Jovan Belcher: Chiefs, fans set grief aside for a game

December 2, 2012

The Chiefs share a moment together before kickoff. (Jamie Squire / Getty Images)

No one’s heart may truly be in it, but there will be an NFL game today at Arrowhead Stadium.

The Kansas City Chiefs will play their first game since linebacker Jovan Belcher shot himself in the Arrowhead parking lot Saturday morning, committing suicide shortly after police say he shot his girlfriend to death in the home they shared with their infant daughter.

There will be no decals, no patches on their uniforms or helmets, no public memorial for him today. Rather, there will be a moment of silence for all victims of domestic violence. For his teammates, figuring out what caused this to happen to a young man who was a family relations and child development major at the University of Maine will be set aside for a few hours, then taken up again. Players, owner Clark Hunt admitted, are “struggling.”

The Chiefs, with one victory this season, play the Carolina Panthers in a 1 p.m. (EST) game that many had wanted postponed. The scene will be surreal. The lot where Belcher ended his life, with Coach Romeo Crennel and General Manager Scott Pioli present, adjoins the practice facility, which lies a few hundred yards from Arrowhead. Despite the low-key remembrance of Belcher, it will be impossible for fans, who will set aside their protests about the team’s management and coaches in this wretched season, not to realize the horror that took place so close by, so recently.

The choice to play, with feelings so fresh and raw, was left up to the players, Hunt told ESPN’s Ed Werder. “Yesterday afternoon as we were having the discussions with the league office about whether the game should go forward, I left it up to Romeo Crennel and the team to make the decision. Romeo called the team captains yesterday afternoon. Many of them had heard from their teammates and they all wanted to play the game. I asked Coach Crennel, ‘Do you think the right thing to do is to go forward?’ and he said, ‘I do.’”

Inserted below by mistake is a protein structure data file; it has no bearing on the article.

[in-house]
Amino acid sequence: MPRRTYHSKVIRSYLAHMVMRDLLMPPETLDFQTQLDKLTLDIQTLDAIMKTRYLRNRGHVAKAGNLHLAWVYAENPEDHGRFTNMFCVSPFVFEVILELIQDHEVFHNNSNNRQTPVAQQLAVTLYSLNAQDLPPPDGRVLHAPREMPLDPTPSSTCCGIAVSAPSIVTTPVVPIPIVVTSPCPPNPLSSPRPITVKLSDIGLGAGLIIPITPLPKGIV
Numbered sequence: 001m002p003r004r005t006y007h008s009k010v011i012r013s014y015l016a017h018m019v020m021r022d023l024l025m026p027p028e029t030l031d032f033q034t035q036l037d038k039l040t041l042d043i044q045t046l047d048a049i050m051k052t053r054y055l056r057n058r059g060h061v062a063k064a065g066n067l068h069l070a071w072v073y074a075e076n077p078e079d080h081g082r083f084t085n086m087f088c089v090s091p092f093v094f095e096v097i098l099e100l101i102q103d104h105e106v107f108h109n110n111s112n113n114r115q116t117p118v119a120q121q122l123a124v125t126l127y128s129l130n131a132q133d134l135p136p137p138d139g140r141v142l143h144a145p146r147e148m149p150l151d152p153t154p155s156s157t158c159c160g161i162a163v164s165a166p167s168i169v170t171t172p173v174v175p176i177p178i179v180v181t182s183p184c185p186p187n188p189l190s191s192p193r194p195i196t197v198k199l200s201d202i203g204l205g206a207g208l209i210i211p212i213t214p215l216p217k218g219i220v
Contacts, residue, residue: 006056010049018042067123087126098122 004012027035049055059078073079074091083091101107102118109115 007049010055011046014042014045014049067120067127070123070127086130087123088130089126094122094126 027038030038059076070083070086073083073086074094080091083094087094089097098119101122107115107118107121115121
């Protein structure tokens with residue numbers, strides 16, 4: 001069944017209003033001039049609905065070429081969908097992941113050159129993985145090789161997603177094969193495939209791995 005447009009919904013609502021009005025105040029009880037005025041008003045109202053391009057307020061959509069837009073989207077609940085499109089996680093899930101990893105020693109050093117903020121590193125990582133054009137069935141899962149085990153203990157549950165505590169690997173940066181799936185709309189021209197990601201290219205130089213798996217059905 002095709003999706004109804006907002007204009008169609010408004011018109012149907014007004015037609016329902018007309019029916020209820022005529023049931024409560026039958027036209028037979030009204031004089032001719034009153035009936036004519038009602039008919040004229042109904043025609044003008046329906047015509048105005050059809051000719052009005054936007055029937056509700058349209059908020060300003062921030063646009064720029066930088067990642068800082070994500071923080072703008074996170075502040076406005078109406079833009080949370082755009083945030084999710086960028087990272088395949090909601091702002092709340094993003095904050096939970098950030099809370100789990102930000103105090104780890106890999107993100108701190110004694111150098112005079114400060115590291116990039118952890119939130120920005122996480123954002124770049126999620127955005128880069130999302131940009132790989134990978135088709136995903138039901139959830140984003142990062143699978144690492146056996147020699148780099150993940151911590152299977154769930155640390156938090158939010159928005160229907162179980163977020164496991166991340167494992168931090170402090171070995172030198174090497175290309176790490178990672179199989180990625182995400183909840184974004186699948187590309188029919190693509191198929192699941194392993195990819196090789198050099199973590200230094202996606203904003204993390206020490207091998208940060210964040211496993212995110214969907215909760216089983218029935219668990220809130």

There’ve been too many of these moments for the NFL, but none has come so close to a game. In July, Tennessee Titans wide receiver O.J. Murdock shot himself to death. Kenny McKinley of the Denver Broncos committed suicide in 2010.  

While this is uncharted territory, there is a sad history for the Chiefs, as longtime fans know. There was the death of Derrick Thomas in an auto accident in February 2000. Running back Joe Delaney died in June 1983 as he tried to rescue three children who were drowning in a Louisiana lake. Delaney was posthumously awarded the Presidential Citizens Medal by President Ronald Reagan. And there is the sad story of Jim Tyrer, who played for the Chiefs’ two Super Bowl teams. At the age of 41, he shot his wife to death in 1980 before committing suicide because of a series of financial setbacks.

Follow @CindyBoren on Twitter and on Facebook.

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After spending most of her career in traditional print sports journalism, Cindy began blogging and tweeting, first as NFL/Redskins editor, and, since August 2010, at The Early Lead. She also is the social media editor for Sports.
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Matt Bonesteel · December 1, 2012

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